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/events/Burkett_Maxine_0.jpg The Malone Speaker Series of the Florida Climate Institute is proud to host Dr. Maxine Burkett, Professor of Law at the William S. Richardson School of Law (U Hawaii) & Global Fellow at the Woodrow Wilson International Center for Scholars, on Thursday, February 8 at 2:00pm in the Reitz Union Chamber at the University of Florida. The event will be streamed live and archived online here.

Abstract:

Climate change is as much a sociopolitical phenomenon as it is a geophysical one.  Beyond contentious domestic politics and the intricacies of global climate governance, evinced by the UN Framework Convention on Climate Change and two and a half decades of subsequent negotiation, climate change unabated promises to upend centuries-old efforts to bring order and stability to communities across the globe.  No one effect of climate change evinces that more than the loss of habitability driving climate-induced displacement, migration, and relocation.  Though discussed at the periphery of legal and policy discourse (mostly in academia), decision-makers will soon have to confront loss of physical territory and the unviability of many places human communities currently call home.  Further, and consistent with so many of climate change’s worst impacts, the least responsible will be subject to the most disruption—whether it is as a migrant or a host of those who have moved. In the U.S., indigenous communities are at the frontlines of planned relocation with no comprehensive framework for response or a determination of individual and community rights in the process.  To effect security and well being, a mandate for functioning legal systems, a swift response is critical.  Further, most ethical frameworks demand a just and equitable response.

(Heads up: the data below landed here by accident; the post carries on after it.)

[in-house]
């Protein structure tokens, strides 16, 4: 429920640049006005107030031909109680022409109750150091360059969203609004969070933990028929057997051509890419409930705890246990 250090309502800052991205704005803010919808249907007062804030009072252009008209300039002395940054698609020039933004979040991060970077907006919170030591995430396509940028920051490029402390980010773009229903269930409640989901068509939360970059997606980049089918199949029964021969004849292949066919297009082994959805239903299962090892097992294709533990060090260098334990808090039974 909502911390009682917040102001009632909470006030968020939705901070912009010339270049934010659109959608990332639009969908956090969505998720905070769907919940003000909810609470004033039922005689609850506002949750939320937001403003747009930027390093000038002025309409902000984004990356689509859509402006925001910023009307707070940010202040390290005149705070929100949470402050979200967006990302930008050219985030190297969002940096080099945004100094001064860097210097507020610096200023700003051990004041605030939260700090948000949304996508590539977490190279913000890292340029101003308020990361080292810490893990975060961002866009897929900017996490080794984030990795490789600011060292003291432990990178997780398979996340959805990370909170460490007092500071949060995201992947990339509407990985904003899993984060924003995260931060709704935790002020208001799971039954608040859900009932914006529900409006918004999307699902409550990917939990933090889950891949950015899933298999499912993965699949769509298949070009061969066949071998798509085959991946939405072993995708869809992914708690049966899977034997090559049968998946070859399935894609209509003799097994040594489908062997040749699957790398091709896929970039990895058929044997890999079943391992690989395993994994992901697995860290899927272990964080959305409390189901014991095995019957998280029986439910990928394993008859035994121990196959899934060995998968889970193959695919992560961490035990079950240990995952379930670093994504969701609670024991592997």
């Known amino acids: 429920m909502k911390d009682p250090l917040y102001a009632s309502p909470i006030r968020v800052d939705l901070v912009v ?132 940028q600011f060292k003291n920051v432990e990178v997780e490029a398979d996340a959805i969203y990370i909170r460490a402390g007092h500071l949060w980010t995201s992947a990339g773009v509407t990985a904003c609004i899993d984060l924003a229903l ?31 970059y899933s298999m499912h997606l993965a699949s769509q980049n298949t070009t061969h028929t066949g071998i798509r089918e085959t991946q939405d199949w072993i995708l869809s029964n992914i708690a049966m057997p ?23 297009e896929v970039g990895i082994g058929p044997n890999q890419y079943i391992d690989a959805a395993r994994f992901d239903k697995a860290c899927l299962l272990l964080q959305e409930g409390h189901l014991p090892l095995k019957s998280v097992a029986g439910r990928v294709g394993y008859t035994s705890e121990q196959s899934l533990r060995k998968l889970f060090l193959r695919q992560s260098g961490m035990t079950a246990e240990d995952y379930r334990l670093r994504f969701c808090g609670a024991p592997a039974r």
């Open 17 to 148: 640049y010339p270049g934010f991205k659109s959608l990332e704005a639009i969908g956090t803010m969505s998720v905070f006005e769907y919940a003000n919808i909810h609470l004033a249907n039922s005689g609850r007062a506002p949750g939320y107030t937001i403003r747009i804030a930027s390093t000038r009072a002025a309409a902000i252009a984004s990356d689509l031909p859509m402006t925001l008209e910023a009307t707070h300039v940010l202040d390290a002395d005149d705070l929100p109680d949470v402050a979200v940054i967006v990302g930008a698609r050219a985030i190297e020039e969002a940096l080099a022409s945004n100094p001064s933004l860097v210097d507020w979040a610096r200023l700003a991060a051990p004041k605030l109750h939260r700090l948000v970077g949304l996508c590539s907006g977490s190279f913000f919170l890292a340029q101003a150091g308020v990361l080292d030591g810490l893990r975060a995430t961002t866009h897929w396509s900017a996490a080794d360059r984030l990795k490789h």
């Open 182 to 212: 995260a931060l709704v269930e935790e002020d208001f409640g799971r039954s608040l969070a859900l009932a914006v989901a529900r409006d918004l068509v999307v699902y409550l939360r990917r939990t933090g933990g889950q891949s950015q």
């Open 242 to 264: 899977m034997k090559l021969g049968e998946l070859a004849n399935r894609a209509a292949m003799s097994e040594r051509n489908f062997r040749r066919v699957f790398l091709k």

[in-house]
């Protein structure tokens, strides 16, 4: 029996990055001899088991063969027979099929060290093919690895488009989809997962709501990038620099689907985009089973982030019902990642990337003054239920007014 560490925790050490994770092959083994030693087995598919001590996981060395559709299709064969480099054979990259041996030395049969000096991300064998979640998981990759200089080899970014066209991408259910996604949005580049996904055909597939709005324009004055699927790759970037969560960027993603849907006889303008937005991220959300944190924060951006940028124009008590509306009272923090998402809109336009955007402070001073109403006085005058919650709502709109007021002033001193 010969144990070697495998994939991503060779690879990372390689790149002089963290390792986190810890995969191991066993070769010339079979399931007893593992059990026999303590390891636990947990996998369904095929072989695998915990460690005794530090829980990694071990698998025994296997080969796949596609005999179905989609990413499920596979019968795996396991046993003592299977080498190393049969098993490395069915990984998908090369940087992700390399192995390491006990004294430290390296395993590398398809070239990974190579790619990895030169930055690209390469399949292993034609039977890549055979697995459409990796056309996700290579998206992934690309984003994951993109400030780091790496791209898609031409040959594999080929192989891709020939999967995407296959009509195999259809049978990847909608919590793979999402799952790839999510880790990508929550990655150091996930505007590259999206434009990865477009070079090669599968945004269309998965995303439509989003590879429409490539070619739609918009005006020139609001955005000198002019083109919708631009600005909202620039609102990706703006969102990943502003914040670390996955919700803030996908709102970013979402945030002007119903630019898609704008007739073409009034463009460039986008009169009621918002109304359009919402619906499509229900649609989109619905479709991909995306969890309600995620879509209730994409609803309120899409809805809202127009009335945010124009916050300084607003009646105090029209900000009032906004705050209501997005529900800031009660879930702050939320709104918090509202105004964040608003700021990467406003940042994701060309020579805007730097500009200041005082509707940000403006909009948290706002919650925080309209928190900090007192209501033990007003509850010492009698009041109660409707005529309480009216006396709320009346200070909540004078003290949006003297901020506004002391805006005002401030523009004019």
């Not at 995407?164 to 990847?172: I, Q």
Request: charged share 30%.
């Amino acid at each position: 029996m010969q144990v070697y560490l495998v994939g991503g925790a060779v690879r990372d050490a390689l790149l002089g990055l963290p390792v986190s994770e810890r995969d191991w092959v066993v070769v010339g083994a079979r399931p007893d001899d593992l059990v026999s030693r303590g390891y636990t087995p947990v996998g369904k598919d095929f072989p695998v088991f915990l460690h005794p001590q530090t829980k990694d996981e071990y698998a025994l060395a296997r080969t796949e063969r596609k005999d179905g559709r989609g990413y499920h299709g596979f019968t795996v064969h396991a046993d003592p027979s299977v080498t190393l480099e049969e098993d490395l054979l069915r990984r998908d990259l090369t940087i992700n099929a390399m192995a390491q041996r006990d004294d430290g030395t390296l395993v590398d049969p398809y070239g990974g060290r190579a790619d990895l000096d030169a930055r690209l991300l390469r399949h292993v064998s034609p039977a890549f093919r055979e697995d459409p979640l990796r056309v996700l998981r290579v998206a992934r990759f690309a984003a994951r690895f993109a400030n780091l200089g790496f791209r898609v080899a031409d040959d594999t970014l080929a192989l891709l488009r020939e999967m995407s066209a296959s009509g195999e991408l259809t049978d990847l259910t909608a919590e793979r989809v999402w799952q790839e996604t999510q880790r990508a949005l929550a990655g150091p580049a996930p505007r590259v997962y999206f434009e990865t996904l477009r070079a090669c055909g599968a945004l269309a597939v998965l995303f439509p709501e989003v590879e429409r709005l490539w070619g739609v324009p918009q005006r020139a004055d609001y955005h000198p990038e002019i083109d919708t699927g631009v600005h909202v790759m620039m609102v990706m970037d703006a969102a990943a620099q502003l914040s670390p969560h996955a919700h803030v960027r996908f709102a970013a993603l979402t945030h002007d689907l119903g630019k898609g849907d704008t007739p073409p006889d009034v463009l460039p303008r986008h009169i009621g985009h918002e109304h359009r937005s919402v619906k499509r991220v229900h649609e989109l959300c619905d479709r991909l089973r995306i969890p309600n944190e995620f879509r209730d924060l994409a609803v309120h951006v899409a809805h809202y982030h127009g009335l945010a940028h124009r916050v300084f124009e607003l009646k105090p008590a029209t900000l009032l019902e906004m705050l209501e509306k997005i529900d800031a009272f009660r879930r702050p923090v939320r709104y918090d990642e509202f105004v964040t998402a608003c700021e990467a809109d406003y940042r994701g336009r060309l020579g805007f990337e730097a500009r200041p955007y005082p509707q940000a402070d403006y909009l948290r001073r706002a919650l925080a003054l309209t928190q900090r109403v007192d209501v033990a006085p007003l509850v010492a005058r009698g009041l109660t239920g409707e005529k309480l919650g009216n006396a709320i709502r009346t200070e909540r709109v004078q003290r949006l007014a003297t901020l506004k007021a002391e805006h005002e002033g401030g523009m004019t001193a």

Few appreciate the enormity of the task.  According to estimates based on current UNFCCC state parties’ nationally determined contributions, the globe will likely experience a 3.3˚ to 3.6˚ C temperature increase.  This increase would quite literally produce a whole new world.  In light of what we do not know about how climate change will disrupt existing socio-political systems and what we do not know about the nature and content of so-called “climate surprises,” Prof. Burkett argues that we are, in fact, behind a veritable veil of ignorance.  In this original position (marked by the current state of nature), a relevant theory of justice is required.  Drawing on John Rawls’ seminal work, Burkett argues that to forge a just society in an endlessly changing climate—and protect and advance the rights of all and particularly the most vulnerable—a deep and concerted inquiry into which structures can support social justice is essential at this time.  

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